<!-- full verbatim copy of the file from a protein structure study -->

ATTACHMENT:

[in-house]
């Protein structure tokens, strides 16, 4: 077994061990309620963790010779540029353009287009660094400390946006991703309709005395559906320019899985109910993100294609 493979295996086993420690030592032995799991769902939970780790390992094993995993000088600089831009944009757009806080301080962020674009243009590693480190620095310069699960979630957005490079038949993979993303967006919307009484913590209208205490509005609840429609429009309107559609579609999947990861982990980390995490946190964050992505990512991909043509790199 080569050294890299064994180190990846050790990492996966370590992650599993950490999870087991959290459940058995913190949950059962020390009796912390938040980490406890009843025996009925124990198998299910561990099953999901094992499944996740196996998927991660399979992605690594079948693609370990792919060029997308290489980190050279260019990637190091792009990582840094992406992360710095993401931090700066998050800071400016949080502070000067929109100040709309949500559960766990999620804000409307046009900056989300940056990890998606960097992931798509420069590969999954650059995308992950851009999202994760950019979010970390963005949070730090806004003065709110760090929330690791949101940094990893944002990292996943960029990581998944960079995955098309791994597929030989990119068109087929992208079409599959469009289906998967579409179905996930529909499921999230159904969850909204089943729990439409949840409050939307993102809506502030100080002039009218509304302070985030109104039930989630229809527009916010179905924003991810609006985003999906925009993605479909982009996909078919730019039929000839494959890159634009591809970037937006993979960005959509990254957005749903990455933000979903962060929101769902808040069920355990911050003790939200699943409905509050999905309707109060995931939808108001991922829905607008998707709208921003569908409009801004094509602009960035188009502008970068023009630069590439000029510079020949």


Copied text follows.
[in-house]
């Protein structure tokens, strides 16, 4: 077994061990309620963790010779540029353009287009660094400390946006991703309709005395559906320019899985109910993100294609 493979295996086993420690030592032995799991769902939970780790390992094993995993000088600089831009944009757009806080301080962020674009243009590693480190620095310069699960979630957005490079038949993979993303967006919307009484913590209208205490509005609840429609429009309107559609579609999947990861982990980390995490946190964050992505990512991909043509790199 080569050294890299064994180190990846050790990492996966370590992650599993950490999870087991959290459940058995913190949950059962020390009796912390938040980490406890009843025996009925124990198998299910561990099953999901094992499944996740196996998927991660399979992605690594079948693609370990792919060029997308290489980190050279260019990637190091792009990582840094992406992360710095993401931090700066998050800071400016949080502070000067929109100040709309949500559960766990999620804000409307046009900056989300940056990890998606960097992931798509420069590969999954650059995308992950851009999202994760950019979010970390963005949070730090806004003065709110760090929330690791949101940094990893944002990292996943960029990581998944960079995955098309791994597929030989990119068109087929992208079409599959469009289906998967579409179905996930529909499921999230159904969850909204089943729990439409949840409050939307993102809506502030100080002039009218509304302070985030109104039930989630229809527009916010179905924003991810609006985003999906925009993605479909982009996909078919730019039929000839494959890159634009591809970037937006993979960005959509990254957005749903990455933000979903962060929101769902808040069920355990911050003790939200699943409905509050999905309707109060995931939808108001991922829905607008998707709208921003569908409009801004094509602009960035188009502008970068023009630069590439000029510079020949």